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SA referees have spoilt us

Our national obsession with referees borders sometimes on the extreme, and none more so this season as Sanzar introduces a number of new refs to the Super Rugby scene.

Renewal is constant – and necessary – for the lifeblood of any sport, be it referees or players or coaches. Renewal is the constant, making sure things don’t get stale, that problems don’t resurface or become an epidemic.

Or at least that is the theory.

The performances of some of the younger referees have left a lot to be desired over the past few weeks, whether on big decisions, or simply with regards to inconsistency.

It was hard not to feel the anger of Pierre Spies when Jonathan White gave the controversial penalty that sunk the Bulls in Canberra on Saturday, and while the refs may argue Spies and his team had enough opportunities in 80 minutes of rugby to win a game, it doesn’t take away the bitter taste of what happened.

Like Lourens van der Merwe and James Leckie the week before, or Garratt Williamson during pockets of the season, the new refs have come under fire for their handling of games, their inconsistency in decision-making and their insistence on taking the limelight in a game.

But there may be another reason for all our whining of course, and not one that may be too popular – we have become spoilt with the riches of our own referees.

Whatever you think of referees – they are pretty much like players think of the media at times: a necessary evil – you can’t play without them and all you want them to be is consistent, clear and firm. But they are human, and we tend to forget that.

Yet in the past few years we have become spoilt with the way our own referees have excelled. In the past six Rugby World Cup finals, our referees have taken the whistle in three – with the Springboks involved in two of the other three finals, thus ruling a SA ref out.

Over the years we’ve produced some fine referees – the best in the world and the envy of other countries. The likes of Andre Watson, Jonathan Kaplan, Craig Joubert, Mark Lawrence, Marius Jonker, Jaco Peyper and others serve virtually at will on the IRB’s select committees in their playing days. Off the field, Tappe Henning has become one of the leading voices in the IRB referee structures, and plays a prominent role in developing young talent.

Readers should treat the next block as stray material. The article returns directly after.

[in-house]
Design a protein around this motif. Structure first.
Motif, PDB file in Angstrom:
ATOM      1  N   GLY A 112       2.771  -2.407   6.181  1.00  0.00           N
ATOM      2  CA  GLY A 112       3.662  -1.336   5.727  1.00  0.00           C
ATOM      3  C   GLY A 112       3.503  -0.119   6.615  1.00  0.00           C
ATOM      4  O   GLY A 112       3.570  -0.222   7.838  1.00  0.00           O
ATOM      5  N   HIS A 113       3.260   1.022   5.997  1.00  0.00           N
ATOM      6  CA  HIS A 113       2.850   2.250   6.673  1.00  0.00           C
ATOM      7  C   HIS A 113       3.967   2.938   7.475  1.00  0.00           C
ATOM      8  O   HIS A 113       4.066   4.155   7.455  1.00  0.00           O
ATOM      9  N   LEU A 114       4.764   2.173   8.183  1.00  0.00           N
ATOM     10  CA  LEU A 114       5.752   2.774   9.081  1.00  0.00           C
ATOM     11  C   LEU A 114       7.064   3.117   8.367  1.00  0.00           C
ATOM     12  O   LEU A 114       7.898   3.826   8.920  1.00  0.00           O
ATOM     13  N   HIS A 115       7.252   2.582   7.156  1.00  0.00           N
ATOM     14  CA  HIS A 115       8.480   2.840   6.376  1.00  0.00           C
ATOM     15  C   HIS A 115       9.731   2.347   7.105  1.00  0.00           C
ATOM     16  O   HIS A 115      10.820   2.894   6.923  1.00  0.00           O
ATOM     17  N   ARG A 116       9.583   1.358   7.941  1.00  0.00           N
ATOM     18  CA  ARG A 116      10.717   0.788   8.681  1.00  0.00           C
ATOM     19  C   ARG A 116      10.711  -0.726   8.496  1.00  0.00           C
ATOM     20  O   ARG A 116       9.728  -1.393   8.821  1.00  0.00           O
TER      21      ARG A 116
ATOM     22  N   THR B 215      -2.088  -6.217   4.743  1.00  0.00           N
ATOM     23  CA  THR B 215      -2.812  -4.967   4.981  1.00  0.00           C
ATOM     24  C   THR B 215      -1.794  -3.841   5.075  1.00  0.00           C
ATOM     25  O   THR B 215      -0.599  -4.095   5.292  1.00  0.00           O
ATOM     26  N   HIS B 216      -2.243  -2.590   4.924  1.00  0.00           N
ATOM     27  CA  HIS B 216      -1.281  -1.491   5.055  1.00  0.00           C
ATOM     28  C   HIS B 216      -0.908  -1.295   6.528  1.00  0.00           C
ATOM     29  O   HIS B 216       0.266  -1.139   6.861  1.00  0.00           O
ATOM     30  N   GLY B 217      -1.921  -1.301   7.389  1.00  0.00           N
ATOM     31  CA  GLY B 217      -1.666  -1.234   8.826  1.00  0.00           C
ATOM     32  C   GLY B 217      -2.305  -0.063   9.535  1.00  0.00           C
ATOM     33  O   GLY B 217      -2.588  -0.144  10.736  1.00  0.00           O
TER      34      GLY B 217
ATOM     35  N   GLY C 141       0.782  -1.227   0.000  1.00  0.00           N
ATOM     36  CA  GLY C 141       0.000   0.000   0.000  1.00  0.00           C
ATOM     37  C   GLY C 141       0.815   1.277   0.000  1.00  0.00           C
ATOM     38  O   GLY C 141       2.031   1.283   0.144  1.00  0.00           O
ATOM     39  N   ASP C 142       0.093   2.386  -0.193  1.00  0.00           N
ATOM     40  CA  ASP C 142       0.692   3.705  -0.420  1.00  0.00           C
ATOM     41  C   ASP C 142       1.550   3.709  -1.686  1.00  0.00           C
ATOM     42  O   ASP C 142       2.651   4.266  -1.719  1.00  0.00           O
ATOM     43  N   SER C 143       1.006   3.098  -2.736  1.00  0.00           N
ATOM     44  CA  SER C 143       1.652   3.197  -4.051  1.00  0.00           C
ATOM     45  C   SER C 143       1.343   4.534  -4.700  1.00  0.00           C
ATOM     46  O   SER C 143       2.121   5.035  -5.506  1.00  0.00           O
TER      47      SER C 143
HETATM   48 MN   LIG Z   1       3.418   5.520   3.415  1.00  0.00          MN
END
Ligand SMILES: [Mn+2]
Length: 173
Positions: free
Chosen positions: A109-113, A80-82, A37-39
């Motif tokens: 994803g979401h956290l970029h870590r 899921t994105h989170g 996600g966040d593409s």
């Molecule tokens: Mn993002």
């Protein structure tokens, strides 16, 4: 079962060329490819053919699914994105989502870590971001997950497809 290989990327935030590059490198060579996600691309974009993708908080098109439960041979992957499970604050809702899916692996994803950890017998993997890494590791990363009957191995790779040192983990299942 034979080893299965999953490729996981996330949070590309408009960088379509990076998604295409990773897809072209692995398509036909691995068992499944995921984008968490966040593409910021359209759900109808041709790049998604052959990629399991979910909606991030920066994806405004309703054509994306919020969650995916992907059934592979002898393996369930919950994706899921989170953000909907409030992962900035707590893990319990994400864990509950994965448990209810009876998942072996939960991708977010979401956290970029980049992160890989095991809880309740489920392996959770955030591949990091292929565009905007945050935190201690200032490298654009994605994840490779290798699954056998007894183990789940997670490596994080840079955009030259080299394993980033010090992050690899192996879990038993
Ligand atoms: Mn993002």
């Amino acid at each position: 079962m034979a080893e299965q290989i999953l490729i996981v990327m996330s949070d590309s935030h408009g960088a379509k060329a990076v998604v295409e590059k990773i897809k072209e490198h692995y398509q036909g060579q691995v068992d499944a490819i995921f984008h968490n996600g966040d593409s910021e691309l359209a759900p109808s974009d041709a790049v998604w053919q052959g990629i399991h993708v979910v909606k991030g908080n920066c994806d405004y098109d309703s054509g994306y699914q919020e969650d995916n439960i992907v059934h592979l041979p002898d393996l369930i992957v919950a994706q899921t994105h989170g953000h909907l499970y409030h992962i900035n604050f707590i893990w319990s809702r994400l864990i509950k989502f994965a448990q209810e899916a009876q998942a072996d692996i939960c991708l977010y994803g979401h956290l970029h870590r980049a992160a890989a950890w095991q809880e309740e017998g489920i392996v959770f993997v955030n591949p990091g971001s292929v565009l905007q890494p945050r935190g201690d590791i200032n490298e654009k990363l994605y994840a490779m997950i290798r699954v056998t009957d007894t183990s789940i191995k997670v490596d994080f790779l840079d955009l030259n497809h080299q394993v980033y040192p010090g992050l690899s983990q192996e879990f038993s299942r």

Even now, on the Sevens circuit – where some of the worst mistakes are being made weekly by referees – our men stand out. Rasta Rashivenge has refereed two finals this year, and Marius van der Westhuizen took charge of the Hong Kong final – a prestigious honour given to the best neutral referee at the tournament.

In local derbies in the Vodacom Super Rugby tournament, and in Absa Currie Cup matches, local referees often provide good, unbiased officiating, backed up by a good system. But too often we’re blinkered by the provincial bias we share, and we blame the referee for our team’s downfall.

The problem we need to realise, is that out there – in the wider world of Sanzar – things aren’t much better. The standards we are used to aren’t replicated in Australian rugby and not consistently in New Zealand rugby either.

In a meeting with Sanzar referees boss Lyndon Bray last week we discussed the current problems within the reffing structures and, believe me, there is a serious concern at some of the decisions being made.

But what also has come through the competition is that there is a massive gap between those with experience – the likes of Craig Joubert, Steve Walsh, Jonathan Kaplan, Chris Pollock, Jaco Peyper and rising star Glen Jackson - and the young referees that have just appeared on the scene.

Those young referees are coming to grips with the intensity of Super Rugby and are making mistakes. Sanzar is trying to help them through this and, as Bray points out, get them to a level where they can be the best in the world.

Australian rugby is struggling at the moment, and nowhere more than their referees. While South Africa, and in a lesser case New Zealand, have experience in their ranks, there is virtually none in Australian referees and that is a massive cause for concern at the moment.

There will always be decisions that we don’t agree with, that we will argue until bedtime. There will always be controversy and it is easier to blame the man with the whistle than the team’s shortcomings in the heat of battle.

But what is the solution then? Neutral referees may be one option, but in a situation where one country has referees that are inferior to the others, Sanzar’s current system of the best referees control the biggest games is the right one.

Till then we can only hope the training given by Sanzar will pay dividends. Getting the big calls right is part of the job and the mentoring of younger referees needs to be stepped up a notch. Bray and co know this all too well.

We can only hope they manage to find a solution and mentor the younger refs to become top-class whistle-blowers.

But until that happens, I’d have a South African ref any day.

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